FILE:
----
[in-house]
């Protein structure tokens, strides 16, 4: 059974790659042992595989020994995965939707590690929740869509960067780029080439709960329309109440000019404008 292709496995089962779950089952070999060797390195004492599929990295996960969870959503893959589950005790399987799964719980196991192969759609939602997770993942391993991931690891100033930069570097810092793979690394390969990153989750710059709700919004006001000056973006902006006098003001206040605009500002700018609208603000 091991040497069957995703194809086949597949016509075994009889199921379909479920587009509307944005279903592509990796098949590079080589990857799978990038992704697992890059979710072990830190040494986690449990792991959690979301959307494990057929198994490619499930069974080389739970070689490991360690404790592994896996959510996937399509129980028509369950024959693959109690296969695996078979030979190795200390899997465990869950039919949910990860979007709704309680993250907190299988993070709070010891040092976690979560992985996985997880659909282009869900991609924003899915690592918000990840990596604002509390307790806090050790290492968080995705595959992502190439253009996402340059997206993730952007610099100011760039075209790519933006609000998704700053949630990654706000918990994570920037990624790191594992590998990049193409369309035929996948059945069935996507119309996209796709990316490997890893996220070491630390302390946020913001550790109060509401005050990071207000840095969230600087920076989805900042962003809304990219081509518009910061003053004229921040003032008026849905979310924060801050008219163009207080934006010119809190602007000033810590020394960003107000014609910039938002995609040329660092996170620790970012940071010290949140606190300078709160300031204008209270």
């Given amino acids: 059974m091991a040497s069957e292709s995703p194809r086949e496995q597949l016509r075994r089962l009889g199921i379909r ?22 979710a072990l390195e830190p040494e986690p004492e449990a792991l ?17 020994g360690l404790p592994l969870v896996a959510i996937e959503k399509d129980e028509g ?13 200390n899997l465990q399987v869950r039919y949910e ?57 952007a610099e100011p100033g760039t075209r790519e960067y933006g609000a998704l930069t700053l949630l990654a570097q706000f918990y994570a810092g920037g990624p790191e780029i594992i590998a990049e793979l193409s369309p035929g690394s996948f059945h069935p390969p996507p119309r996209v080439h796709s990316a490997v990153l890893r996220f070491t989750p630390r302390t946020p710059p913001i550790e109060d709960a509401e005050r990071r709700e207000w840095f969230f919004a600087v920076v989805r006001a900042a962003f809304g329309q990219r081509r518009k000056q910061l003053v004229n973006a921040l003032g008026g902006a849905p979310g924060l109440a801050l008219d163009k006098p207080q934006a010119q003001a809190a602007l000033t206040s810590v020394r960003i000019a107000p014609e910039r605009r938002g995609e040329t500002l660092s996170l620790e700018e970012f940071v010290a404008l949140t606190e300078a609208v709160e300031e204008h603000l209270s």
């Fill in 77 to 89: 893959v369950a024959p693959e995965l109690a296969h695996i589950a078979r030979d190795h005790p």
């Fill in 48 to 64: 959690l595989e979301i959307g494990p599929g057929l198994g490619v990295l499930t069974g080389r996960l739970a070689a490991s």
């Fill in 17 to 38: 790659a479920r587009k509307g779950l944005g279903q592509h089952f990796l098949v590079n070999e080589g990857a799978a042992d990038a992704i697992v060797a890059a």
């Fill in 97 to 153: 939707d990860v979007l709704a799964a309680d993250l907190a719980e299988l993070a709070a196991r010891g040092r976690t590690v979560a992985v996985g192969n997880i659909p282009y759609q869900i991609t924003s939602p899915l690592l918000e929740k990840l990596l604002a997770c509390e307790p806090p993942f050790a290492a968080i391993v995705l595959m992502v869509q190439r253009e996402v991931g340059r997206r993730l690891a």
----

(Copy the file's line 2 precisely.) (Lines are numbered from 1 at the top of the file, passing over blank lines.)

């Protein structure tokens, strides 16, 4: 059974790659042992595989020994995965939707590690929740869509960067780029080439709960329309109440000019404008 292709496995089962779950089952070999060797390195004492599929990295996960969870959503893959589950005790399987799964719980196991192969759609939602997770993942391993991931690891100033930069570097810092793979690394390969990153989750710059709700919004006001000056973006902006006098003001206040605009500002700018609208603000 091991040497069957995703194809086949597949016509075994009889199921379909479920587009509307944005279903592509990796098949590079080589990857799978990038992704697992890059979710072990830190040494986690449990792991959690979301959307494990057929198994490619499930069974080389739970070689490991360690404790592994896996959510996937399509129980028509369950024959693959109690296969695996078979030979190795200390899997465990869950039919949910990860979007709704309680993250907190299988993070709070010891040092976690979560992985996985997880659909282009869900991609924003899915690592918000990840990596604002509390307790806090050790290492968080995705595959992502190439253009996402340059997206993730952007610099100011760039075209790519933006609000998704700053949630990654706000918990994570920037990624790191594992590998990049193409369309035929996948059945069935996507119309996209796709990316490997890893996220070491630390302390946020913001550790109060509401005050990071207000840095969230600087920076989805900042962003809304990219081509518009910061003053004229921040003032008026849905979310924060801050008219163009207080934006010119809190602007000033810590020394960003107000014609910039938002995609040329660092996170620790970012940071010290949140606190300078709160300031204008209270």